By Tom Kiurski
If I have captured your interest with the title, you may have been in the fire service long enough to have heard an instructor early in your career discuss “RECEO,” which explained the list of things a company officer was to remember, and in what order. This was before there was an incident commander (IC) to make sure the fire was handled as it should have been. Join me in taking a nostalgic look back and reflect on the old acronym RECEO.
I first heard the term RECEO in the early days of my fire service career, which began in 1981. Things were simpler then, and the fire service reflected that. There were no thermal imaging cameras, Nomex® hoods, National Incident Management System (NIMS) classes, or PASS devices in large numbers. The simplicity of firefighting then was reflected in this short five-letter acronym that represented all the company officer had to think about.
I believe the concept of RECEO back in my early days had to do with the total incident. The incident was a progression of items that had to be checked off a list in the ranking officer’s mind (again, there were no ICs!) Just like today, many firefighters may have been involved in executing one tactic, but they adhered to the priority order. The letters were taken as a sequence of steps, like following a recipe. As one task was completed, the strategy moved to the next level, which was the next letter in RECEO. The RECEO acronym stands for Rescue, Exposures, Confinement, Extinguishment, and Overhaul.
As you can see, the progression of the list moves from the broader concern of protecting exposures to scaling down the incident. The progression makes sense, since it would be difficult to work on overhaul when you haven’t completed confinement.
It hardly seems enough to take the total fireground incident and break it into five pieces. No doubt, you can look and ask where in the process do primary and secondary search come into play or at what point should the water supply be established. Although I cannot answer all of the questions that arise, I can do my best to explain the basics of the steps.
The “R” stands for rescue, which has always been and continues to be our number-one priority. It has always come first and still must be our first tactical consideration. When this term was introduced, we didn’t have different terms for “victim rescue” and “firefighter rescue,” but if any rescue had to be undertaken, it was, and still is, a high priority.
With rescue work finished or deemed unnecessary, the next priority was the exposures. The definition I like to use for exposures is anything that is not burning when you arrive that is in danger of catching fire. Exposures are not limited to other buildings; they can be other rooms within a structure, other stores within the strip mall, vehicles in the driveway, vacant fields, and so on. If we begin with tackling the exposure problem, the fire problem begins to move in the right direction, which is limiting its spread.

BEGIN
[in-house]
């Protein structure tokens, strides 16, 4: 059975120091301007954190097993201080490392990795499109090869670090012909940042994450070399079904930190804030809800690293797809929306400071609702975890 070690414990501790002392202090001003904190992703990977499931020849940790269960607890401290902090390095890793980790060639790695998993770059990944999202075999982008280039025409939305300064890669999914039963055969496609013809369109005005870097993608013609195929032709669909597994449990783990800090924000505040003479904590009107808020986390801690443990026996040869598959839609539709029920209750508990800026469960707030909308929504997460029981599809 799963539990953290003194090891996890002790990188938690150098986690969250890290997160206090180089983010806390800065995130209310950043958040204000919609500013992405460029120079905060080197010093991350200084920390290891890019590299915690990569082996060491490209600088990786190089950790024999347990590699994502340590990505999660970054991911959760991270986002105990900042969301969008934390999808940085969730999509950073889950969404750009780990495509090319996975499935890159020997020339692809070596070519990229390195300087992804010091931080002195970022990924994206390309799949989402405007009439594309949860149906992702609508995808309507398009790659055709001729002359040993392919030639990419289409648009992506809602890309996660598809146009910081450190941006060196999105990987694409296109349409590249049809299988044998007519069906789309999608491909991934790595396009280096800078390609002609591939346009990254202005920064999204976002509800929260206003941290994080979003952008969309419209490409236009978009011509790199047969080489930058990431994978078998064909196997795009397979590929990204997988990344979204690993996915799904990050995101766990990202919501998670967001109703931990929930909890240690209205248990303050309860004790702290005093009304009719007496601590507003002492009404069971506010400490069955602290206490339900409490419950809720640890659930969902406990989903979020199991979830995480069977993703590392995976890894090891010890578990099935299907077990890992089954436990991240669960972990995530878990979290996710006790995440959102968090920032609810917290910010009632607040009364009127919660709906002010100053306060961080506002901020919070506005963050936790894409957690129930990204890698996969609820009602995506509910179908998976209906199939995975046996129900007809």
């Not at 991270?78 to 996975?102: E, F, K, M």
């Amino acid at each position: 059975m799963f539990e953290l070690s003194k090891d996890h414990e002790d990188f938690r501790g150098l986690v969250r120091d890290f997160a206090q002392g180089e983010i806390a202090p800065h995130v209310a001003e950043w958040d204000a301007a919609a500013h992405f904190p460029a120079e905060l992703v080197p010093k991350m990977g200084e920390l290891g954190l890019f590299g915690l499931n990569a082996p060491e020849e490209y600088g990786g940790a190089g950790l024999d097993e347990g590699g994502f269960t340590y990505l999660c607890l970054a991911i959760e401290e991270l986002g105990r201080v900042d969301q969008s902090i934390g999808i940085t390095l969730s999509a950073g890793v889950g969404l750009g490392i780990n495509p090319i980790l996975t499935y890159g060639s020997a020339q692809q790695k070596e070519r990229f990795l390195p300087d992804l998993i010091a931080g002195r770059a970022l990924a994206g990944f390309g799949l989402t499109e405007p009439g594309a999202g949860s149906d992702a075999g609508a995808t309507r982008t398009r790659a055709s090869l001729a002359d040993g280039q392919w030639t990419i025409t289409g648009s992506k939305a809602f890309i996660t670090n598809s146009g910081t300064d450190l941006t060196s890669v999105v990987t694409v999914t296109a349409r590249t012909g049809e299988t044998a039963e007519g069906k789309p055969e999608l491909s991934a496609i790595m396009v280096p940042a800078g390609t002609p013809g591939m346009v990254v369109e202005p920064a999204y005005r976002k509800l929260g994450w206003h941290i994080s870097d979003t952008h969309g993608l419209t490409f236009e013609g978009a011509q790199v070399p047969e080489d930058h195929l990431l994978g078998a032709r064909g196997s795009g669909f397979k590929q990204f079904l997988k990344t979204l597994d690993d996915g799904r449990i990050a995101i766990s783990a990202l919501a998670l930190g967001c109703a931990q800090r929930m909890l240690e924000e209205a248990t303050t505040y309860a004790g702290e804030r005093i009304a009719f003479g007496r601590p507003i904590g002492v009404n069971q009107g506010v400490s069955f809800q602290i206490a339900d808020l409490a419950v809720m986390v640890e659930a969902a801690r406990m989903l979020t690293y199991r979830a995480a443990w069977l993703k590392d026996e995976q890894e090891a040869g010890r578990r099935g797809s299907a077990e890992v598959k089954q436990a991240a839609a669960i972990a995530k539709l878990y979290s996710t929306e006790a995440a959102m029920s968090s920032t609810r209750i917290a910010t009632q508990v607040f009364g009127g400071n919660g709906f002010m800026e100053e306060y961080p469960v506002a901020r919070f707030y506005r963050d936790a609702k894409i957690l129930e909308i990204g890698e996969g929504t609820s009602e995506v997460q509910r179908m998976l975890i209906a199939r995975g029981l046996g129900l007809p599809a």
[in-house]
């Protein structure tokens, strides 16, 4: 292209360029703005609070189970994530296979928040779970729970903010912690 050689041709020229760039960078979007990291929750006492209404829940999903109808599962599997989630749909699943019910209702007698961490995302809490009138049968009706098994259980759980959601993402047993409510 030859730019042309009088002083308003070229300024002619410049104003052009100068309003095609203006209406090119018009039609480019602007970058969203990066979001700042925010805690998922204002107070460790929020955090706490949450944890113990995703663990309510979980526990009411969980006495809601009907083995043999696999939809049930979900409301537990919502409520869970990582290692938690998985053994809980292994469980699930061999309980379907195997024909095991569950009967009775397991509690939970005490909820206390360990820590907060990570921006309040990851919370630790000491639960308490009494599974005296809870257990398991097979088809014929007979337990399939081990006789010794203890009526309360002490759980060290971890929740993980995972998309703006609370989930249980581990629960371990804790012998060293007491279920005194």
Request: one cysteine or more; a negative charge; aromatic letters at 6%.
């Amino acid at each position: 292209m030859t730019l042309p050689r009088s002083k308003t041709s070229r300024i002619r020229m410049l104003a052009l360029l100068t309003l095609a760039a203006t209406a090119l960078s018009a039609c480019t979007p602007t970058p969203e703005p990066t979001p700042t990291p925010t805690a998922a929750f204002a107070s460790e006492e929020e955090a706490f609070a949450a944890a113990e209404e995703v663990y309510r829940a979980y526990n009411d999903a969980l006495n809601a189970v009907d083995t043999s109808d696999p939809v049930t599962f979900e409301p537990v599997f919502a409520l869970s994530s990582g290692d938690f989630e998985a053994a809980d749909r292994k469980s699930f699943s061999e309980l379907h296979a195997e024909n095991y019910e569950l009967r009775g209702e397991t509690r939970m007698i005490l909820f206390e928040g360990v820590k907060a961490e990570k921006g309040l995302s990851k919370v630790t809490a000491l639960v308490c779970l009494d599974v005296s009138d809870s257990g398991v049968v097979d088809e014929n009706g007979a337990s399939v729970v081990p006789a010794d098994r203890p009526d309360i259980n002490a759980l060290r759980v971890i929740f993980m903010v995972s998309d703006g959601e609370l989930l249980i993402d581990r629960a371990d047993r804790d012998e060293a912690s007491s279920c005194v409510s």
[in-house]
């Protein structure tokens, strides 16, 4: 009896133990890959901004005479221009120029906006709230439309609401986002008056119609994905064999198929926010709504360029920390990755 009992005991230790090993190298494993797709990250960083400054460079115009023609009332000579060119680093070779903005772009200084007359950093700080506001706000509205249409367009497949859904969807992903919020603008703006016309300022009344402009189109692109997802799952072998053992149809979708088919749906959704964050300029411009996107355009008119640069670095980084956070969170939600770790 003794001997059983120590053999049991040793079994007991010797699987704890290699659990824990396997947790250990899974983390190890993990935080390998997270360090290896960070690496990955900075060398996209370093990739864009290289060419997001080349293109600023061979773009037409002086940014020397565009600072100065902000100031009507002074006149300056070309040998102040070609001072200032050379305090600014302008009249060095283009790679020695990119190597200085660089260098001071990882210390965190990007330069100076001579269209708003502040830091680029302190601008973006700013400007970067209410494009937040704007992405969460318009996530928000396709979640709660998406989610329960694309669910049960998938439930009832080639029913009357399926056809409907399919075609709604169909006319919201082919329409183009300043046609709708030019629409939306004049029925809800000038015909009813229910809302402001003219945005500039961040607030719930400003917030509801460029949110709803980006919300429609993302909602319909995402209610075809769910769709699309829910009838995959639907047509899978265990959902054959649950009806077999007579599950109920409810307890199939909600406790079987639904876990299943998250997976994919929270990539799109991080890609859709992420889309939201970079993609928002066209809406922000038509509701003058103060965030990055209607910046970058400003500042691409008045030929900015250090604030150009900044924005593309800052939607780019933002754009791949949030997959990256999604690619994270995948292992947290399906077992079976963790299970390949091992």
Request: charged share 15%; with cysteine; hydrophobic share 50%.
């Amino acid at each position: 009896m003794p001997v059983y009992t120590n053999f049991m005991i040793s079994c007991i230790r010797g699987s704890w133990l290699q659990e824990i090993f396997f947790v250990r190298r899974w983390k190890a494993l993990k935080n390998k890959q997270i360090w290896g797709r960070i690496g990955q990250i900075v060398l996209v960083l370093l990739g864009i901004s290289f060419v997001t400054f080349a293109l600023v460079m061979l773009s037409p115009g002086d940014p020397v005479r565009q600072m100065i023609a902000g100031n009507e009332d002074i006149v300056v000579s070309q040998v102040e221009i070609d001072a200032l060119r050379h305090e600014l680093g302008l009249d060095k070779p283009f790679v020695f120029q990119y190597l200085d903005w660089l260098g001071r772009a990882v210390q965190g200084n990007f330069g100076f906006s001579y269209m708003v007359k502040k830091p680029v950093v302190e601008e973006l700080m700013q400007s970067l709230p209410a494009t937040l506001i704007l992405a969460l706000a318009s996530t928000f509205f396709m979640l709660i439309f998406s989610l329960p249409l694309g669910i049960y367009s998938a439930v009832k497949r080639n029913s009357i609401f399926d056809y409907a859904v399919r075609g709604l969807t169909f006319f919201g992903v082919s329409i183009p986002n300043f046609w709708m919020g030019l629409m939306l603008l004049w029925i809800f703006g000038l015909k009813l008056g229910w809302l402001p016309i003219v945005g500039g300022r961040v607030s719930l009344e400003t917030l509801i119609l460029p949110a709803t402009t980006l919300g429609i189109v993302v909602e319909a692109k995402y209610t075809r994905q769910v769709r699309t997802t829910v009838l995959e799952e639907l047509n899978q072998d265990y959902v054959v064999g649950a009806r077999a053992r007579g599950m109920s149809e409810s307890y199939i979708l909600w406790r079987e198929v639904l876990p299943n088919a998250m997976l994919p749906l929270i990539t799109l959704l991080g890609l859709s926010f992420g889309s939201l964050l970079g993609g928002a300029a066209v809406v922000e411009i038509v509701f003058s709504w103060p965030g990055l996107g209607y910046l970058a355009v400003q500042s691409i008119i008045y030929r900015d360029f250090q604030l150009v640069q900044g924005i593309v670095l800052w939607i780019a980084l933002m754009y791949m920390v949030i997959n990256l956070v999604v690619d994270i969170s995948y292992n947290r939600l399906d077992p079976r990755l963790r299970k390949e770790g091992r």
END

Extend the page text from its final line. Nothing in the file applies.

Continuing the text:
Confinement takes the fire and begins to compartmentalize it into a smaller space where it cannot grow. Its growth potential is cut off, and it can only continue to burn in the confined space it now occupies. Obviously, confinement will look different at every fire. One fire may be confined to the dumpster in which it started; others may be confined to the city block that was involved on your arrival. With that being said, confinement gives up no more ground and starts to make headway on fire control.
Extinguishment is the next logical step to take in tactical order. Once the exposures have been eliminated, the fire is confined to an area, and then crews must work to extinguish the remaining fire to stop its destruction. As you know, extinguishment takes on many appearances, but the objective is to put out the fire by whatever means necessary. Back in the early days of RECEO, there were few options when it came to ways to extinguish a fire.
Overhaul is the tactic we employ to search for and extinguish any hidden fires that remain after the main body of fire has been knocked down. “Rekindle” was a bad word then, just as it is now.
Keep in mind that any incident can move the process backward a step, if necessary. For example, if a victim is discovered during the confinement tactic, the rescue and removal of the fire victim are now the top priorities. The plan has now jumped back to the “rescue” step, and you must move forward from that point again. The fire may have advanced from the point where it was when the victim was discovered. After the victim has been removed, consider the fire to be in the exposure stage until you can prove that it is finished.
On the side of the RECEO acronym, my instructor-of-old wrote the words “ventilation” and “salvage.” He explained what each tactic was and that they were the two things that did not have to occur, and if they did occur, they did not follow any certain priority order. Ventilation was a labor-intensive chore a few years ago, when hand tools were the order of the day for getting through a roof.
Although most of us in the class could pick out the definition for the word “salvage” on a multiple-choice test, it wasn’t considered a high-priority item. I would like to think that we hold salvage in higher regard today; but with the number of personnel on the fire scene dwindling, this is one of the tactics that still takes a back seat.
Somehow, RECEO worked. I’m sure the dedication of brave firefighters helped the process along back then, just as it does today.
Tom Kiurski is training coordinator, a paramedic, and the director of fire safety education for Livonia (MI) Fire & Rescue. His book, Creating a Fire-Safe Community: A Guide for Fire Safety Educators (Fire Engineering, 1999), is a guide for bringing the safety message to all segments of the community efficiently and economically.